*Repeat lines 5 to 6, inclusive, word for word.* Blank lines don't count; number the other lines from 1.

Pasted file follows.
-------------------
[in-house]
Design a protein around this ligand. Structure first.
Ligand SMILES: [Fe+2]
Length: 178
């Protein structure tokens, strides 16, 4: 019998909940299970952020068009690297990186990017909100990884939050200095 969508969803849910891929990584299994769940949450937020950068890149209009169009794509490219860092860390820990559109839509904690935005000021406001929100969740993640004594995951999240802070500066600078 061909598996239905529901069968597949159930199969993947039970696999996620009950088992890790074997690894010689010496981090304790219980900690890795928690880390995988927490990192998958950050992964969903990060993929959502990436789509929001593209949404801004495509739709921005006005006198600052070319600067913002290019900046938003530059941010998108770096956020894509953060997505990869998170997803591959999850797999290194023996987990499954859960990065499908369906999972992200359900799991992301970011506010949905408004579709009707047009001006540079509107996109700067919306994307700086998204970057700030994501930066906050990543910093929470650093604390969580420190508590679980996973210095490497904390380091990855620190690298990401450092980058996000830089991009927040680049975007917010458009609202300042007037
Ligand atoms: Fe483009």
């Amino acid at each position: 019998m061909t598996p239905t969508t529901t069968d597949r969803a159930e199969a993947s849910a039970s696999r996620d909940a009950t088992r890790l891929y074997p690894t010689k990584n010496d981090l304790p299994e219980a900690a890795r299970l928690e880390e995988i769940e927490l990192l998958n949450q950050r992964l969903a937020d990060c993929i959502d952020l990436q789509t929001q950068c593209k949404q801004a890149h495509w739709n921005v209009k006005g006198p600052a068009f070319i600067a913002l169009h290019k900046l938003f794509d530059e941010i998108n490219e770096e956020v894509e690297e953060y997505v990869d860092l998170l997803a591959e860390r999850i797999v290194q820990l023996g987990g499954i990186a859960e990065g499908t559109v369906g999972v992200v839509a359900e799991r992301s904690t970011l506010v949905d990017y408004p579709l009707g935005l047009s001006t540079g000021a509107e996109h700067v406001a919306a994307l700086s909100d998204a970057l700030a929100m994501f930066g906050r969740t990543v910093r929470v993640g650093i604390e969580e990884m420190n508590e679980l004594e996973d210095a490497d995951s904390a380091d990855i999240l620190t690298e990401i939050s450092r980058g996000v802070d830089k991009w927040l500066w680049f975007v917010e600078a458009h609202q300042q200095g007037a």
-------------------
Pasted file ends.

């Protein structure tokens, strides 16, 4: 019998909940299970952020068009690297990186990017909100990884939050200095 969508969803849910891929990584299994769940949450937020950068890149209009169009794509490219860092860390820990559109839509904690935005000021406001929100969740993640004594995951999240802070500066600078 061909598996239905529901069968597949159930199969993947039970696999996620009950088992890790074997690894010689010496981090304790219980900690890795928690880390995988927490990192998958950050992964969903990060993929959502990436789509929001593209949404801004495509739709921005006005006198600052070319600067913002290019900046938003530059941010998108770096956020894509953060997505990869998170997803591959999850797999290194023996987990499954859960990065499908369906999972992200359900799991992301970011506010949905408004579709009707047009001006540079509107996109700067919306994307700086998204970057700030994501930066906050990543910093929470650093604390969580420190508590679980996973210095490497904390380091990855620190690298990401450092980058996000830089991009927040680049975007917010458009609202300042007037
Ligand atoms: Fe483009």